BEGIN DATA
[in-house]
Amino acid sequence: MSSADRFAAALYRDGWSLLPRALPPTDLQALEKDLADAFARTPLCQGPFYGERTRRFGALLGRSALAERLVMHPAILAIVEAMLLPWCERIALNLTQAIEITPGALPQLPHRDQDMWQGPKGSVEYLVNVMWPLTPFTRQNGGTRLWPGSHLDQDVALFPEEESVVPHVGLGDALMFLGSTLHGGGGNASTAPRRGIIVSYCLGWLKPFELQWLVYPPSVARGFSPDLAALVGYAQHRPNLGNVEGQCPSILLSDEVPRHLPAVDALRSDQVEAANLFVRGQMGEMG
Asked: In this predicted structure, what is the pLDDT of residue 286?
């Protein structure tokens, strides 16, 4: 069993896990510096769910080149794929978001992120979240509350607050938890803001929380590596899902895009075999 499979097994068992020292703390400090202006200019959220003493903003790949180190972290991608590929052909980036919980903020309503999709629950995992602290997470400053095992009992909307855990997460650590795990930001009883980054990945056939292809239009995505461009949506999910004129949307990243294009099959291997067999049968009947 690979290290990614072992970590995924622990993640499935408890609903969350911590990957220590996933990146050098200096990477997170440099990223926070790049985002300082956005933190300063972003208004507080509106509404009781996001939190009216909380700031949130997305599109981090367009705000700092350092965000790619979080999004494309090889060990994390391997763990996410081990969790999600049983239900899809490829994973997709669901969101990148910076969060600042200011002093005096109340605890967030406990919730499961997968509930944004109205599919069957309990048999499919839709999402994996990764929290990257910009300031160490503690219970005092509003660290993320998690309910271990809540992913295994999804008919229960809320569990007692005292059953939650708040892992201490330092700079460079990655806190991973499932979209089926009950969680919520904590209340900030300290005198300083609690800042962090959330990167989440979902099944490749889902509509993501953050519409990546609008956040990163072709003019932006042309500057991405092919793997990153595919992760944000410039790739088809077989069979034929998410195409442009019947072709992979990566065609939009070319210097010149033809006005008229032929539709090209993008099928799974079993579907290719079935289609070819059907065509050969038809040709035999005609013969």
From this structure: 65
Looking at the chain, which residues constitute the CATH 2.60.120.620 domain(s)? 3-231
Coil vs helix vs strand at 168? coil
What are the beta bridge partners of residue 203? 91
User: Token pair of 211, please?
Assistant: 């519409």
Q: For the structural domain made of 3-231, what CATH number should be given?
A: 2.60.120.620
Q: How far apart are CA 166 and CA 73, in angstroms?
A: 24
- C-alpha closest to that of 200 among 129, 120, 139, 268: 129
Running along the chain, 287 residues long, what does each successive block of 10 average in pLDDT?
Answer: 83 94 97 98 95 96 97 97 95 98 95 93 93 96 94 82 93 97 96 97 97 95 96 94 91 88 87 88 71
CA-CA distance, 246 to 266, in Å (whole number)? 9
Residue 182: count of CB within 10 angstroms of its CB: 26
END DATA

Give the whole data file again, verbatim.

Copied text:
[in-house]
Amino acid sequence: MSSADRFAAALYRDGWSLLPRALPPTDLQALEKDLADAFARTPLCQGPFYGERTRRFGALLGRSALAERLVMHPAILAIVEAMLLPWCERIALNLTQAIEITPGALPQLPHRDQDMWQGPKGSVEYLVNVMWPLTPFTRQNGGTRLWPGSHLDQDVALFPEEESVVPHVGLGDALMFLGSTLHGGGGNASTAPRRGIIVSYCLGWLKPFELQWLVYPPSVARGFSPDLAALVGYAQHRPNLGNVEGQCPSILLSDEVPRHLPAVDALRSDQVEAANLFVRGQMGEMG
Asked: In this predicted structure, what is the pLDDT of residue 286?
């Protein structure tokens, strides 16, 4: 069993896990510096769910080149794929978001992120979240509350607050938890803001929380590596899902895009075999 499979097994068992020292703390400090202006200019959220003493903003790949180190972290991608590929052909980036919980903020309503999709629950995992602290997470400053095992009992909307855990997460650590795990930001009883980054990945056939292809239009995505461009949506999910004129949307990243294009099959291997067999049968009947 690979290290990614072992970590995924622990993640499935408890609903969350911590990957220590996933990146050098200096990477997170440099990223926070790049985002300082956005933190300063972003208004507080509106509404009781996001939190009216909380700031949130997305599109981090367009705000700092350092965000790619979080999004494309090889060990994390391997763990996410081990969790999600049983239900899809490829994973997709669901969101990148910076969060600042200011002093005096109340605890967030406990919730499961997968509930944004109205599919069957309990048999499919839709999402994996990764929290990257910009300031160490503690219970005092509003660290993320998690309910271990809540992913295994999804008919229960809320569990007692005292059953939650708040892992201490330092700079460079990655806190991973499932979209089926009950969680919520904590209340900030300290005198300083609690800042962090959330990167989440979902099944490749889902509509993501953050519409990546609008956040990163072709003019932006042309500057991405092919793997990153595919992760944000410039790739088809077989069979034929998410195409442009019947072709992979990566065609939009070319210097010149033809006005008229032929539709090209993008099928799974079993579907290719079935289609070819059907065509050969038809040709035999005609013969």
From this structure: 65
Looking at the chain, which residues constitute the CATH 2.60.120.620 domain(s)? 3-231
Coil vs helix vs strand at 168? coil
What are the beta bridge partners of residue 203? 91
User: Token pair of 211, please?
Assistant: 């519409």
Q: For the structural domain made of 3-231, what CATH number should be given?
A: 2.60.120.620
Q: How far apart are CA 166 and CA 73, in angstroms?
A: 24
- C-alpha closest to that of 200 among 129, 120, 139, 268: 129
Running along the chain, 287 residues long, what does each successive block of 10 average in pLDDT?
Answer: 83 94 97 98 95 96 97 97 95 98 95 93 93 96 94 82 93 97 96 97 97 95 96 94 91 88 87 88 71
CA-CA distance, 246 to 266, in Å (whole number)? 9
Residue 182: count of CB within 10 angstroms of its CB: 26